The history of Russia and Ukraine rooted in religion
After receiving inquiries about my last column—which reported on the religious underpinnings of Russia’s recent invasion of neighboring former Soviet states—I thought I’d add a bit more information.
It’s a complicated story that has added in part to the Russian Orthodox Church’s emotionally religious claims that Crimea, violently annexed by Russia in 2014, and Ukraine should continue under the rule of the Moscow Patriarchate. Religion has played a key role in Russia’s current claims that Crimea and Ukraine belong to Russia. Orthodox Christian nationalism has grown steadily since the collapse of the USSR in the 1990s.
The relationship between the Russian Orthodox Church and the Russian government has manifested itself in such ways as the Patriarch of Moscow’s persistent refusal to allow the Bishop of Rome to ever set foot on Russian soil. Under the guidance of the Moscow Patriarchate, the Russian government forced the Salvation Army out of Moscow in 2001, along with other Protestant missions. Patriarchy has also been instrumental in the government crackdown on gay people in Russia. The Moscow Patriarchate aided and abetted the annexation of Crimea and Ukraine as part of the so-called “Cradle of Russian Christianity”.
Russians regard Prince Vladimir’s conversion in 988 AD from Slavic paganism to Christianity as one of the pivotal moments in Russian history. His baptism in the ancient Greek colonial city of Chersonesos by the Byzantine Emperor is described by early Russian nationalist historians as “the most important event in the history of all Russian lands”, as the conversion “began a new period of our existence in all respects”. our lights, our customs, our legal system and nation-building, our religious faith and our morality.
After Rome fell to the Visigoths in 410 AD and then the Byzantine Empire to the Ottomans in 1453 AD, early Russian tsars who claimed divine right to their thrones, as well as state theorists later Russians promoted Moscow as the “third Rome”, claiming that it was up to Moscow to preserve the “one true faith”. Eventually, many Western governments separated church from state; Russia moved in the opposite direction. Nicholas I, 1825-1855, the Tsar famous for suppressing the Hungarian Revolution in 1848 and fighting the Crimean War, 1853, summed up the identity of Russia’s Church-State in his phrase: “Orthodoxy, autocracy , Nationality “. This remained the Russian identity until the Russian Revolution of 1917.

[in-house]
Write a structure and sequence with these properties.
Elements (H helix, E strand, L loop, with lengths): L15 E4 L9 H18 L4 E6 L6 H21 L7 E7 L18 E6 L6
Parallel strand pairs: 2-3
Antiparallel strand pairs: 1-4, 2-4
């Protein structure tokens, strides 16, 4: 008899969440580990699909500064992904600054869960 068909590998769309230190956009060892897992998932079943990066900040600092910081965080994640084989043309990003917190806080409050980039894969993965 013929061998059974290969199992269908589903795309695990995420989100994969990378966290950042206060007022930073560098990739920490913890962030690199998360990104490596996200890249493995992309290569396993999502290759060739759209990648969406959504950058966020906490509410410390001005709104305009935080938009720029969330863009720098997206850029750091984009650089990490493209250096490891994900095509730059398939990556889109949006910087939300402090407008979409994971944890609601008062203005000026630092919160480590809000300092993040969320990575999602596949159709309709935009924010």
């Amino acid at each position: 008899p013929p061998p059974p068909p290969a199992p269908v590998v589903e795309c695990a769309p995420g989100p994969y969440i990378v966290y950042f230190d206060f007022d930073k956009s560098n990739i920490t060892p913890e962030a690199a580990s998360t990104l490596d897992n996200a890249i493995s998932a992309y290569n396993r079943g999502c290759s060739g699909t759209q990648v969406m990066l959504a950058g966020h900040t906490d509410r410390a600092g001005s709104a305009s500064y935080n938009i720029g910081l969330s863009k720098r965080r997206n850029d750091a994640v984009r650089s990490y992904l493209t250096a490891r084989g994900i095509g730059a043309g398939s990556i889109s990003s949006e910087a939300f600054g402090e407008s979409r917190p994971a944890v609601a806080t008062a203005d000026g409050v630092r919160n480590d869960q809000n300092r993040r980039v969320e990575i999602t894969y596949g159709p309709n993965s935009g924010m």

After the revolution, one of the goals of the new Soviet government was the elimination of existing religion and the prevention of the establishment of any religion, with the aim of establishing state atheism. As for the Russian Orthodox Church, the Soviet authorities did everything to control it, and sometimes to exploit it for their own ends. Eventually, the Soviets sought to control the Orthodox Church by assigning clergy obedient to the state and sometimes infiltrated by KGB agents. The Russian Orthodox Church became useful to the government by espousing and propagating Soviet foreign policy and promoting the Russification of non-Russian Christians, such as Orthodox Ukrainians and Belarusians. After the collapse of the USSR, the Russian Orthodox Church experienced greater freedoms and worked closely with the newly emerging government.
The current head of the Russian Orthodox Church, Patriarch Cyril, supports Russia’s right to claim both Crimea and Ukraine. In a recent sermon delivered earlier this month at the Cathedral of Christ the Savior in Moscow, he claimed the invasion of Ukraine was aimed at stemming the spread of the West’s “gay pride parades”, and describes war as “a struggle that has no physical but metaphysical meaning”, adding that “we are talking about something different and much more important than politics. We are talking about human salvation. He sees war as a culture war between conservative religious traditionalism and liberalism.
The Patriarch of Moscow and his supporters should be ashamed of tolerating and supporting this massacre of innocent human beings in Ukraine. Let’s continue to pray for peace and the right to self-determination in Ukraine!
Father Joseph D. Wallace is Diocesan Director of Ecumenical and Interfaith Affairs and Pastor of Christ the Redeemer Parish, Atco.